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Alberta committee to review auto insurance, with eye to balancing costs and coverage


The Alberta government has launched a review of auto insurance in the province to ensure that the industry can remain viable and that drivers can get affordable coverage.

Albertans are paying some of the highest rates in Canada but are having trouble getting critical protection, such as coverage for comprehensive or collision, Finance Minister Travis Toews said Wednesday.

Auto insurance rates had been capped at five per cent for the last couple of years, but the government did not renew that cap in August and some drivers have since reported getting notices of steep rate hikes in the new year.

Insurers have said that under the cap they were losing money in Alberta, given a rise in payouts due to issues such as car theft, injury claims, and high repair costs linked to more expensive technology in vehicles.

A three-member committee has been asked to find solutions that work for all parties within the existing privately delivered system, Toews said.

Finance Minister Travis Toews, at the podium, accompanied by members of the review panel. From left, Shelley Miller, Dr. Larry Ohlhauser and Chris Daniel. (David Bajer/CBC)

In an interview with CBC News, Premier Jason Kenney said the government will use the “next six months to address out-of-control increases on personal injury awards.” These pay-outs contribute to driving up costs, which are then paid by customers through their premiums. 

When asked about a cap, Kenney said former premier Ralph Klein did it in 2004. “We’re going to look at how to have a more effective control. Something like a no-fault insurance system which maintains a reasonable control on the awards,” Kenney said.

In 2004, the Klein government put a $4,000 cap on soft-tissue injury. In the four years that followed, auto insurance premiums dropped by about 18 per cent.

Back then, Alberta’s auto insurance system was the envy of all the systems in Canada, said Celyeste Power, western vice-president of the Insurance Bureau of Canada.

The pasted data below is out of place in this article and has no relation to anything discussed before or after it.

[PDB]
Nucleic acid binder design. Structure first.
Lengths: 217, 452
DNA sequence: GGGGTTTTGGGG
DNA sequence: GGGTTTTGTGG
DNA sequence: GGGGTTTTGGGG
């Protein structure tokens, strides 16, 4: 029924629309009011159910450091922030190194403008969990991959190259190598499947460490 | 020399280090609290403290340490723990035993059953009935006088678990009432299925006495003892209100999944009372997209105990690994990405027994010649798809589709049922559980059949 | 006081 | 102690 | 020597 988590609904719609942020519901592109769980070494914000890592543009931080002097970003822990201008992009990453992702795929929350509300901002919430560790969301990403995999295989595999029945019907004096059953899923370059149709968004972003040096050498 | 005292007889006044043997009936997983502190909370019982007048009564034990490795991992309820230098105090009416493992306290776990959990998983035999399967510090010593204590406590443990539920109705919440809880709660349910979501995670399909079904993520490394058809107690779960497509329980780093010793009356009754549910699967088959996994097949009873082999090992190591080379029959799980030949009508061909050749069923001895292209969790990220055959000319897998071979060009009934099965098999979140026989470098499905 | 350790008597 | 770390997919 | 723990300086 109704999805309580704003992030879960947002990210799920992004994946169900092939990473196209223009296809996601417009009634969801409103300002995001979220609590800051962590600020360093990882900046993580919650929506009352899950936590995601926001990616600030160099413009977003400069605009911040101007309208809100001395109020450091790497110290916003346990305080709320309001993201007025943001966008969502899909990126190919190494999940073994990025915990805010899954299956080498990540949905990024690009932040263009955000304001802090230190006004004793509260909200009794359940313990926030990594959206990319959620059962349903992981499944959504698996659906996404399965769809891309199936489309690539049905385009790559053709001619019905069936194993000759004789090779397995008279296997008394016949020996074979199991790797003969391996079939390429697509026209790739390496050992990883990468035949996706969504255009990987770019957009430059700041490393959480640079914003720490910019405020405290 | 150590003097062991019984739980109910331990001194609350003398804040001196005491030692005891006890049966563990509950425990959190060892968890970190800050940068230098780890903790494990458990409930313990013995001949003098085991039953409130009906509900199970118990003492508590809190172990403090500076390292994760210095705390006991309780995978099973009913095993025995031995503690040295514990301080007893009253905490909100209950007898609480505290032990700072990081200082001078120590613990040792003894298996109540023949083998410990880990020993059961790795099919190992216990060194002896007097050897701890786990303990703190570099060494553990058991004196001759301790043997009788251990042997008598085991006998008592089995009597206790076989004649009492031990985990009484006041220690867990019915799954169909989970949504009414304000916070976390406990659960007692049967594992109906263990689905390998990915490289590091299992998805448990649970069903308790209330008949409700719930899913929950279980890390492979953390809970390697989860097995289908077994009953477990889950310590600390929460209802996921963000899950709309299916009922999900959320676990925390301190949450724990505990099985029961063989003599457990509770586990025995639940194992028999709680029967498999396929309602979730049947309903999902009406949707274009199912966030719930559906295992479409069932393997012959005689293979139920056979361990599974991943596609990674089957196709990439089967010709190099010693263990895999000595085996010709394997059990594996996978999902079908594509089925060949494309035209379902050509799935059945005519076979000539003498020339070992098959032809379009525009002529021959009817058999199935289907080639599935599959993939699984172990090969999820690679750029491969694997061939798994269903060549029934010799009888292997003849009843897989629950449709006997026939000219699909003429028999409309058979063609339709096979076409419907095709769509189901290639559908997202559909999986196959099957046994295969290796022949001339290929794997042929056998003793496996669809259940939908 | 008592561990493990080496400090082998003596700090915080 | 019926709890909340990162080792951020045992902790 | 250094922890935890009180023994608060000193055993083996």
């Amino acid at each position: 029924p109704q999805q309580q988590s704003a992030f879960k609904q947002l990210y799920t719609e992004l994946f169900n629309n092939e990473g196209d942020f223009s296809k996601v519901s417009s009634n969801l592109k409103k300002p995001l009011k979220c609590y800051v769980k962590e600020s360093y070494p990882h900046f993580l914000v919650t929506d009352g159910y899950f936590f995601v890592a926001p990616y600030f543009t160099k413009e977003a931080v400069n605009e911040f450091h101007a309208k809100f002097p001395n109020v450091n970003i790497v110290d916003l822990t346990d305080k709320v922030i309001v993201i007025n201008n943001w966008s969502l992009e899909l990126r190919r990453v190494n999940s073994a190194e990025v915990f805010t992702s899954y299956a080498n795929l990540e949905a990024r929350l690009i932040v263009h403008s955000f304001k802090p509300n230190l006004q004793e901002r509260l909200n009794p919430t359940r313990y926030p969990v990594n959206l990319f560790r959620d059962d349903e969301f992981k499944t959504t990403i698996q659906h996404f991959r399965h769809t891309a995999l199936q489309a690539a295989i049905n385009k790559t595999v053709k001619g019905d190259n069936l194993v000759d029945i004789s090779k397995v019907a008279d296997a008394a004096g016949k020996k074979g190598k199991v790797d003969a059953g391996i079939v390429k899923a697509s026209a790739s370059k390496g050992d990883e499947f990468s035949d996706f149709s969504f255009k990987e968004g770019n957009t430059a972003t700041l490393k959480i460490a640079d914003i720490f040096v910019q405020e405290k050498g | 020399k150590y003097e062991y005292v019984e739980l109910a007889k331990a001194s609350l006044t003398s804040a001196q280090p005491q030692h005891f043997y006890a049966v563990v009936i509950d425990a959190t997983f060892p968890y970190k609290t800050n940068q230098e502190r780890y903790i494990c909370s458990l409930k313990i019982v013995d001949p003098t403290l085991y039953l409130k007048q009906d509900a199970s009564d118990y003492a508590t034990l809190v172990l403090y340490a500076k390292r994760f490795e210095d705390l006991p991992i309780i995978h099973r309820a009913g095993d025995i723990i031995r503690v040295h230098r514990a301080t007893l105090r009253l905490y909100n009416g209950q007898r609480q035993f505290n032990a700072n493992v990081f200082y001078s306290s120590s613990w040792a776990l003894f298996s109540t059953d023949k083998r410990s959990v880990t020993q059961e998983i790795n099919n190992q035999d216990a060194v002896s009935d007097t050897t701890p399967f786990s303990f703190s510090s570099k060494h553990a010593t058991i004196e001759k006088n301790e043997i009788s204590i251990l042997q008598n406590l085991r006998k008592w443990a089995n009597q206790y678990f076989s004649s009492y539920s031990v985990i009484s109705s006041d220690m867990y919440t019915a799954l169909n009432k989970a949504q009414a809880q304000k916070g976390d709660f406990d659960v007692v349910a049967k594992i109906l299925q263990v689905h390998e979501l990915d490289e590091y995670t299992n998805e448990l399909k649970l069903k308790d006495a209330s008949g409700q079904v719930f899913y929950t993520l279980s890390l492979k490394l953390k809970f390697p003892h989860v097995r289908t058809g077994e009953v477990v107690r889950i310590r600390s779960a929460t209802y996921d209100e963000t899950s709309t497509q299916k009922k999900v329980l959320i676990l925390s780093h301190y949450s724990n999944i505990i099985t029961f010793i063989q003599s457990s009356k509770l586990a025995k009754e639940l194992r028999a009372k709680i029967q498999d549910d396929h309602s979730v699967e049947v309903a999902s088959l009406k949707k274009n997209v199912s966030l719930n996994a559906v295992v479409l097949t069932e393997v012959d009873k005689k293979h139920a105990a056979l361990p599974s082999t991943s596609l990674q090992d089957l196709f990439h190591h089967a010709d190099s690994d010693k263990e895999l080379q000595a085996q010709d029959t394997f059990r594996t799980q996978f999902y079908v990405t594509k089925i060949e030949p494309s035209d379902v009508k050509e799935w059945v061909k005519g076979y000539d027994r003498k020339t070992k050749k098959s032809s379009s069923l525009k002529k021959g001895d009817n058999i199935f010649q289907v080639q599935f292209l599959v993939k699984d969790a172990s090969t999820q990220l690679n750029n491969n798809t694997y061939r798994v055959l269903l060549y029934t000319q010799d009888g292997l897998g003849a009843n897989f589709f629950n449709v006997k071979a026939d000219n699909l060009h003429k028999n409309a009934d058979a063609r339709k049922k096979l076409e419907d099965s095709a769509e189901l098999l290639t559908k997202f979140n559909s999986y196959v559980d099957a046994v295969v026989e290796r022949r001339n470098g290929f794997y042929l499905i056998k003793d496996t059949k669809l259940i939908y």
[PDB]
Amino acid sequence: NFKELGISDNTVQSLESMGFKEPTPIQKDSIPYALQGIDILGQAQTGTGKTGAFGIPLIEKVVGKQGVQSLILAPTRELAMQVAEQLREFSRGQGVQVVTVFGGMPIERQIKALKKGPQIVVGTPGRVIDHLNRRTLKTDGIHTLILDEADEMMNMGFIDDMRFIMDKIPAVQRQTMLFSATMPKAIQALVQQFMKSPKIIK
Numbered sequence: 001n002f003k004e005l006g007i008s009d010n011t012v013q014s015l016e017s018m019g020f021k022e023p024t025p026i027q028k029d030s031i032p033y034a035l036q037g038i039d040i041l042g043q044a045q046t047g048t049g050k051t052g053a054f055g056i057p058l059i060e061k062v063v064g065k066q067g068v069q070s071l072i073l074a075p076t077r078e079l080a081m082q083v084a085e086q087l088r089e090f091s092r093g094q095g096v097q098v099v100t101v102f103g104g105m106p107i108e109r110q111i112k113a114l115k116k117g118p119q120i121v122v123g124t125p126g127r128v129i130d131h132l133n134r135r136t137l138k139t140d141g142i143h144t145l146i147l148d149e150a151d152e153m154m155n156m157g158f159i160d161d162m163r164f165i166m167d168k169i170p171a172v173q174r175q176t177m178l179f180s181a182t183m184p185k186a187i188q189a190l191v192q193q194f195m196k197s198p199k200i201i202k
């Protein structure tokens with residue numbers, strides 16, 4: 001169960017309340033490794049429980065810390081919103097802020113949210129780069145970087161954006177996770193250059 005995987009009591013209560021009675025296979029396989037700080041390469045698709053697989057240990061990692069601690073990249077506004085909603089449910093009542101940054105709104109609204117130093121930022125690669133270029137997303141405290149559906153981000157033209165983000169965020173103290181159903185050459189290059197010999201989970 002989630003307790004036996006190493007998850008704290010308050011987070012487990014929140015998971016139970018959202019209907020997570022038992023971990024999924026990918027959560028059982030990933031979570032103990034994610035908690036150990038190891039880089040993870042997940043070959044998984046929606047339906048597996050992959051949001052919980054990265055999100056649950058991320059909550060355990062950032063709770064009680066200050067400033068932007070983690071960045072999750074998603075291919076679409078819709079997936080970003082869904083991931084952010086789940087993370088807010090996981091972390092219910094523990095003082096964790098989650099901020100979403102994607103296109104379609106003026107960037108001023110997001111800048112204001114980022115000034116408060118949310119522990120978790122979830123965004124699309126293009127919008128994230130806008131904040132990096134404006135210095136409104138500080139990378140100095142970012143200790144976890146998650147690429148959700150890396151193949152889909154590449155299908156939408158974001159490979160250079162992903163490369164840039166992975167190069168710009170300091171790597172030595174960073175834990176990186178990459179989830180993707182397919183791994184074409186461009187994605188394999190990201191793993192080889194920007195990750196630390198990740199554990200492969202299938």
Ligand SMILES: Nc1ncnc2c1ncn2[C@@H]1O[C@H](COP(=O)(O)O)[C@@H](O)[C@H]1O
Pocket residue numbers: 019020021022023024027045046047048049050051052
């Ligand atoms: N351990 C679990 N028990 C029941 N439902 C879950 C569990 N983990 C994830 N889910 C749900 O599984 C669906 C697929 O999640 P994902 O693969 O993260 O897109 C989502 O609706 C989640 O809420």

Court challenges in 2012 and 2015 found some “vulnerabilities” in the definition of minor injury, she said.

“What we’ve seen from that is a huge increase in legal representation and lawsuits around that to kind of push things outside of the cap,” Power said. “Fifty-three per cent of the costs that have increased over the past five years, have been associated with that.”

As a result, there are injuries considered minor in other jurisdictions that are not being considered minor in Alberta. A common example of that is TMJ (temporomandibular joint) disorders, which affect the jaw muscle, she said.

‘We need to get this system fixed’

While fixing the definition of minor injury is important, Power said there also needs to be adequate care in place to treat people who are injured in automobile collisions.

“Even if the minor injury cap is meant to capture more of these injuries, if it is a serious injury … if you have chronic pain for six months plus, and that’s considered serious, then of course you would be able to get the care and support you need,” Power said.

Clarifying the definition would likely offer stability to premium rates, she added. 

“We need to get this system fixed for the three million drivers who count on it,” Power said. Drivers are “sick of increases in their auto insurance” and want more control over what they’re paying for and what they’re buying.

The committee will consult with Albertans, consumers, industry stakeholders, medical services and the legal profession.

The committee includes chair Chris Daniel, who is in his second term as the consumer representative on the Automobile Insurance Rate Board; Shelley Miller, a lawyer with expertise in auto insurance reform; and Dr. Larry Ohlhauser who has served as medical adviser to the superintendent of insurance for the past 12 years.

The committee will report back to government in the spring 2020 legislative session.

With files from Canadian Press



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